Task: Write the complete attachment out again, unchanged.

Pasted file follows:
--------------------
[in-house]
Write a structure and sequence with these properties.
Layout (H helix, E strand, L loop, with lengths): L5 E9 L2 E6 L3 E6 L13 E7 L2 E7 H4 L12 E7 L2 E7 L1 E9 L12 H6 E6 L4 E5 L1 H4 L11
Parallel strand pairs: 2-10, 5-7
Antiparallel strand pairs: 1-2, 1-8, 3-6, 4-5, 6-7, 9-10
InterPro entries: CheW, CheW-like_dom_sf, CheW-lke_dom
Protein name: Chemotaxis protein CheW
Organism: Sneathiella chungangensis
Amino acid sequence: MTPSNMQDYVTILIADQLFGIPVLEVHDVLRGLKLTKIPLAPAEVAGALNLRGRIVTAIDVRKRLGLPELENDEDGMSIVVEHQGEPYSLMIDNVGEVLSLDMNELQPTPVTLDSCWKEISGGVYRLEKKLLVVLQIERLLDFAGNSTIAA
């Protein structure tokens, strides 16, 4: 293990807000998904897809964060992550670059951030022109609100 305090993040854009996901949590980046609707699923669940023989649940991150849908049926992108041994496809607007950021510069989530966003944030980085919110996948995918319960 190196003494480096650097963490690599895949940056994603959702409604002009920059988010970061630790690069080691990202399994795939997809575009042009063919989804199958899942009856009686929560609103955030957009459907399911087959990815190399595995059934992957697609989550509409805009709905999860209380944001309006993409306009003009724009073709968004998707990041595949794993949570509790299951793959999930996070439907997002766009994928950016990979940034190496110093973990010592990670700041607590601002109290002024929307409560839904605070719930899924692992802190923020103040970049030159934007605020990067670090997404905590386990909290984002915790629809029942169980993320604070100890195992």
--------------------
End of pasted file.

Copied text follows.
[in-house]
Write a structure and sequence with these properties.
Layout (H helix, E strand, L loop, with lengths): L5 E9 L2 E6 L3 E6 L13 E7 L2 E7 H4 L12 E7 L2 E7 L1 E9 L12 H6 E6 L4 E5 L1 H4 L11
Parallel strand pairs: 2-10, 5-7
Antiparallel strand pairs: 1-2, 1-8, 3-6, 4-5, 6-7, 9-10
InterPro entries: CheW, CheW-like_dom_sf, CheW-lke_dom
Protein name: Chemotaxis protein CheW
Organism: Sneathiella chungangensis
Amino acid sequence: MTPSNMQDYVTILIADQLFGIPVLEVHDVLRGLKLTKIPLAPAEVAGALNLRGRIVTAIDVRKRLGLPELENDEDGMSIVVEHQGEPYSLMIDNVGEVLSLDMNELQPTPVTLDSCWKEISGGVYRLEKKLLVVLQIERLLDFAGNSTIAA
């Protein structure tokens, strides 16, 4: 293990807000998904897809964060992550670059951030022109609100 305090993040854009996901949590980046609707699923669940023989649940991150849908049926992108041994496809607007950021510069989530966003944030980085919110996948995918319960 190196003494480096650097963490690599895949940056994603959702409604002009920059988010970061630790690069080691990202399994795939997809575009042009063919989804199958899942009856009686929560609103955030957009459907399911087959990815190399595995059934992957697609989550509409805009709905999860209380944001309006993409306009003009724009073709968004998707990041595949794993949570509790299951793959999930996070439907997002766009994928950016990979940034190496110093973990010592990670700041607590601002109290002024929307409560839904605070719930899924692992802190923020103040970049030159934007605020990067670090997404905590386990909290984002915790629809029942169980993320604070100890195992």